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    Holding on to our functional roots when exploring new intellectual islands: A voyage through implicit cognition research


    Hughes, Sean and Barnes-Holmes, Dermot and Vahey, Nigel A. (2012) Holding on to our functional roots when exploring new intellectual islands: A voyage through implicit cognition research. Journal of Contextual Behavioral Science, 1 (1-2). pp. 17-38. ISSN 2212-1447

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    Abstract

    Throughout much of the past two decades, contextual behavioral science has been applied to a diverse spectrum of psychological phenomena. This intellectual voyage into uncharted waters has brought with it exciting new developments at the methodological and theoretical levels as well as increased contact with other philosophical frameworks such as mechanism. This expansion into new territories requires that the researcher carefully walk a tight-rope between different intellectual traditions — an activity that is subject to several challenges and dangers. In the following paper we provide a detailed map on how to navigate such pitfalls in the study of implicit cognition. We open with a comprehensive overview of the core assumptions and analytic strategies upon which the cognitive (mechanistic) and functional (contextual) traditions have been built. As we shall see, both traditions have sought to understand, predict, and in some cases influence, behavior using radically different conceptual, theoretical and methodological tools. The Relational Elaboration and Coherence (REC) model as well as the Implicit Relational Assessment Procedure (IRAP) are offered as examples of how researchers can explore the domain of implicit cognition from a purely functional perspective. Finally, we examine the possibility that although the cognitive and functional frameworks operate at two independent levels of analysis each may be mutually informed by the work of the other, to the benefit of both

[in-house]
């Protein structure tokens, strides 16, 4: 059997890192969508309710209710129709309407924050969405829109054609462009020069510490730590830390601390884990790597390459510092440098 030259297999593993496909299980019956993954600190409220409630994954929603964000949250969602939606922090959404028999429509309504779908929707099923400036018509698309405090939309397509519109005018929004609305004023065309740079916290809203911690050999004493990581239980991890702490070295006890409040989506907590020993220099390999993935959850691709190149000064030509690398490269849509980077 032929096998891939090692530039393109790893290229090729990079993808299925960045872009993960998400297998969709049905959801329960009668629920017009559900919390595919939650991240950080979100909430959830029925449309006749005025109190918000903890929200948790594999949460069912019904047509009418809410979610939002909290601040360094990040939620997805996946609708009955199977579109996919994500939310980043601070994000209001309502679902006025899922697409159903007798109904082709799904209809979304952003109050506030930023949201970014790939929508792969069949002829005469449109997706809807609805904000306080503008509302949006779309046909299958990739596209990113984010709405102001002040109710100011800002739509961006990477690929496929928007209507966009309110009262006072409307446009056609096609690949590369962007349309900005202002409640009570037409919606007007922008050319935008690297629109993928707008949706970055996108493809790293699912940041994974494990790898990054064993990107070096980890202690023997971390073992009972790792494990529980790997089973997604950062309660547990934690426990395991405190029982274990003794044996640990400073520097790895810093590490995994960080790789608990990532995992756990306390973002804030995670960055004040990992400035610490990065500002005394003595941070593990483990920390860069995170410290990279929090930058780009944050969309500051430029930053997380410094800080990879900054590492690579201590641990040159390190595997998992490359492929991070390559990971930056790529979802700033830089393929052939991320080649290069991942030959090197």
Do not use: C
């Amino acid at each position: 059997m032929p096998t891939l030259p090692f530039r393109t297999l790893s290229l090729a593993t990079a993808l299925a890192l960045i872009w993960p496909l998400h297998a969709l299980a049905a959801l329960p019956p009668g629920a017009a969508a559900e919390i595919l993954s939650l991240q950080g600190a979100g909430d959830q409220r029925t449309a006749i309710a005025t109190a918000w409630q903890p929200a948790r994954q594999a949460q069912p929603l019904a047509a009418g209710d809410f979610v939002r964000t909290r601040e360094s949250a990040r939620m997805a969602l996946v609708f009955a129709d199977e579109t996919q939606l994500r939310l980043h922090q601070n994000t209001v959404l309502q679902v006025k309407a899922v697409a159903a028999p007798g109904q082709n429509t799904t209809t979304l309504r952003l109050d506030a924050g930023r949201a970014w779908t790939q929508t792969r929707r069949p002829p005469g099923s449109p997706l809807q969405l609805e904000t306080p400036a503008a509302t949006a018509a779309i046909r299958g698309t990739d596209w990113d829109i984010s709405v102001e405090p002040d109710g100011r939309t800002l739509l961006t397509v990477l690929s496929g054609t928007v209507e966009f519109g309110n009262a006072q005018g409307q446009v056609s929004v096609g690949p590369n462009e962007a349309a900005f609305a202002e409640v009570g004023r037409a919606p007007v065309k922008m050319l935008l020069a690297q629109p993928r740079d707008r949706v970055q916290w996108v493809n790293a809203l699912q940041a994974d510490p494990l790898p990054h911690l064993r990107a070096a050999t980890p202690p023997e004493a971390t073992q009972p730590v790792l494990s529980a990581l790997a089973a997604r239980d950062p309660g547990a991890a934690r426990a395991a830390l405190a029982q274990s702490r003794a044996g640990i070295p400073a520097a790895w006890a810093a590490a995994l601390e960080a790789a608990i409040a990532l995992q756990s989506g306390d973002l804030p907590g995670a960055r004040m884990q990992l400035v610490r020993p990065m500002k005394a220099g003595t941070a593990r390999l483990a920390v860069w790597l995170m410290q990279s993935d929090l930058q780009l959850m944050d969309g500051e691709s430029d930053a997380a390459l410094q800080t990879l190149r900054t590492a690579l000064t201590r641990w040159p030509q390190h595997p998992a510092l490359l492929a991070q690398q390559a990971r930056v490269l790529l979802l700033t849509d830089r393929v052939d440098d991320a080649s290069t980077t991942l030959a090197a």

Item Type: Article
    Keywords: Implicit cognition; Functional contextualism; IRAP; REC model;
    Academic Unit: Faculty of Science and Engineering > Psychology
    Item ID: 5036
    Identification Number: https://doi.org/10.1016/j.jcbs.2012.09.003
    Depositing User: Prof. Dermot Barnes-Holmes
    Date Deposited: 17 Jun 2014 15:19
    Journal or Publication Title: Journal of Contextual Behavioral Science
    Publisher: Elsevier
    Refereed: Yes
    URI:

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